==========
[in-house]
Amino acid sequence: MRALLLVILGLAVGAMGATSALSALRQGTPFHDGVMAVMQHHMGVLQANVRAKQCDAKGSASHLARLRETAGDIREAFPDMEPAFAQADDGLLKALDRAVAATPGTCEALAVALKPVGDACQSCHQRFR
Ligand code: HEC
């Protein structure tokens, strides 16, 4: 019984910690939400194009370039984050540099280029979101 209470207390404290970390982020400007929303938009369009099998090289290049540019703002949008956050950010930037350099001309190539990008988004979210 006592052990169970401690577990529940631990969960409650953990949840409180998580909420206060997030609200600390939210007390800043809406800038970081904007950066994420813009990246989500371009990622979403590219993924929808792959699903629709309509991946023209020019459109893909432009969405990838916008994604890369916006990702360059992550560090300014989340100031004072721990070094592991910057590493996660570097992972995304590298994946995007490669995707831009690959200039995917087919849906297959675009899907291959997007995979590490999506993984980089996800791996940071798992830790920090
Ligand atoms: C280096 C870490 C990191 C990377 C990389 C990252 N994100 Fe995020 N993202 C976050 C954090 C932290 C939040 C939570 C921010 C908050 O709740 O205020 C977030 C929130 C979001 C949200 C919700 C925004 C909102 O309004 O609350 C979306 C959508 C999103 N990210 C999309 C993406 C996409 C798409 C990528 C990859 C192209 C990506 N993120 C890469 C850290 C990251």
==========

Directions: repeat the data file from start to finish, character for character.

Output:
[in-house]
Amino acid sequence: MRALLLVILGLAVGAMGATSALSALRQGTPFHDGVMAVMQHHMGVLQANVRAKQCDAKGSASHLARLRETAGDIREAFPDMEPAFAQADDGLLKALDRAVAATPGTCEALAVALKPVGDACQSCHQRFR
Ligand code: HEC
């Protein structure tokens, strides 16, 4: 019984910690939400194009370039984050540099280029979101 209470207390404290970390982020400007929303938009369009099998090289290049540019703002949008956050950010930037350099001309190539990008988004979210 006592052990169970401690577990529940631990969960409650953990949840409180998580909420206060997030609200600390939210007390800043809406800038970081904007950066994420813009990246989500371009990622979403590219993924929808792959699903629709309509991946023209020019459109893909432009969405990838916008994604890369916006990702360059992550560090300014989340100031004072721990070094592991910057590493996660570097992972995304590298994946995007490669995707831009690959200039995917087919849906297959675009899907291959997007995979590490999506993984980089996800791996940071798992830790920090
Ligand atoms: C280096 C870490 C990191 C990377 C990389 C990252 N994100 Fe995020 N993202 C976050 C954090 C932290 C939040 C939570 C921010 C908050 O709740 O205020 C977030 C929130 C979001 C949200 C919700 C925004 C909102 O309004 O609350 C979306 C959508 C999103 N990210 C999309 C993406 C996409 C798409 C990528 C990859 C192209 C990506 N993120 C890469 C850290 C990251």